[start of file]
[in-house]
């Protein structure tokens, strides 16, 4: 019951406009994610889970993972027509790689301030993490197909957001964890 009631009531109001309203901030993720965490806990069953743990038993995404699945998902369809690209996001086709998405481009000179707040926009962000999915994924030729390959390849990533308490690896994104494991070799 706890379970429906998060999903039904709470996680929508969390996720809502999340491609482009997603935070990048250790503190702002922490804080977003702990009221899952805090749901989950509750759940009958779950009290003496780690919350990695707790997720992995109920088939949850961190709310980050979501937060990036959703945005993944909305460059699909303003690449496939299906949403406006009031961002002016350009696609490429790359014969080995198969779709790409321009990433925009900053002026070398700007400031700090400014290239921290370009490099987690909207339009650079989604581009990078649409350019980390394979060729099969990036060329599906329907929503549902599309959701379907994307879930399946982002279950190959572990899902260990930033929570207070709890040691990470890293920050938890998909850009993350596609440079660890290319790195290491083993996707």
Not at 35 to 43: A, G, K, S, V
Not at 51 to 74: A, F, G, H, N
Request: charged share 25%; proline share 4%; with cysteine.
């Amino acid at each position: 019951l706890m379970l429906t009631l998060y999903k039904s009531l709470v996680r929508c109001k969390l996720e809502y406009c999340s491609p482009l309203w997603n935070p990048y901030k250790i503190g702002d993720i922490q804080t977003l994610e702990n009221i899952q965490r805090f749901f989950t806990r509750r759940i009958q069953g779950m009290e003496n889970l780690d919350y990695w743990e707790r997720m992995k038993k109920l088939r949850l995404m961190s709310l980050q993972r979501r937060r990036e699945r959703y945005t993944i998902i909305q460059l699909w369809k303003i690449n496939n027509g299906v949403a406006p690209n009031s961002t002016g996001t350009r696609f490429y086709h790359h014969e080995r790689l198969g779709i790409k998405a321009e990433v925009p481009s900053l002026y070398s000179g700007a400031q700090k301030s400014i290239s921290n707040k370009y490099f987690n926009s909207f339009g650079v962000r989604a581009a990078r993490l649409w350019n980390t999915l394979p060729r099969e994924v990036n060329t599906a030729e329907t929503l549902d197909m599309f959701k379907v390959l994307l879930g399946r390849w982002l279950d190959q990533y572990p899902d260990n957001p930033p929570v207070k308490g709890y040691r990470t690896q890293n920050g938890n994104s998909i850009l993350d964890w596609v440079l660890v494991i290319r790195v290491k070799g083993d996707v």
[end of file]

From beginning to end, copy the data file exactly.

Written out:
[in-house]
């Protein structure tokens, strides 16, 4: 019951406009994610889970993972027509790689301030993490197909957001964890 009631009531109001309203901030993720965490806990069953743990038993995404699945998902369809690209996001086709998405481009000179707040926009962000999915994924030729390959390849990533308490690896994104494991070799 706890379970429906998060999903039904709470996680929508969390996720809502999340491609482009997603935070990048250790503190702002922490804080977003702990009221899952805090749901989950509750759940009958779950009290003496780690919350990695707790997720992995109920088939949850961190709310980050979501937060990036959703945005993944909305460059699909303003690449496939299906949403406006009031961002002016350009696609490429790359014969080995198969779709790409321009990433925009900053002026070398700007400031700090400014290239921290370009490099987690909207339009650079989604581009990078649409350019980390394979060729099969990036060329599906329907929503549902599309959701379907994307879930399946982002279950190959572990899902260990930033929570207070709890040691990470890293920050938890998909850009993350596609440079660890290319790195290491083993996707």
Not at 35 to 43: A, G, K, S, V
Not at 51 to 74: A, F, G, H, N
Request: charged share 25%; proline share 4%; with cysteine.
């Amino acid at each position: 019951l706890m379970l429906t009631l998060y999903k039904s009531l709470v996680r929508c109001k969390l996720e809502y406009c999340s491609p482009l309203w997603n935070p990048y901030k250790i503190g702002d993720i922490q804080t977003l994610e702990n009221i899952q965490r805090f749901f989950t806990r509750r759940i009958q069953g779950m009290e003496n889970l780690d919350y990695w743990e707790r997720m992995k038993k109920l088939r949850l995404m961190s709310l980050q993972r979501r937060r990036e699945r959703y945005t993944i998902i909305q460059l699909w369809k303003i690449n496939n027509g299906v949403a406006p690209n009031s961002t002016g996001t350009r696609f490429y086709h790359h014969e080995r790689l198969g779709i790409k998405a321009e990433v925009p481009s900053l002026y070398s000179g700007a400031q700090k301030s400014i290239s921290n707040k370009y490099f987690n926009s909207f339009g650079v962000r989604a581009a990078r993490l649409w350019n980390t999915l394979p060729r099969e994924v990036n060329t599906a030729e329907t929503l549902d197909m599309f959701k379907v390959l994307l879930g399946r390849w982002l279950d190959q990533y572990p899902d260990n957001p930033p929570v207070k308490g709890y040691r990470t690896q890293n920050g938890n994104s998909i850009l993350d964890w596609v440079l660890v494991i290319r790195v290491k070799g083993d996707v």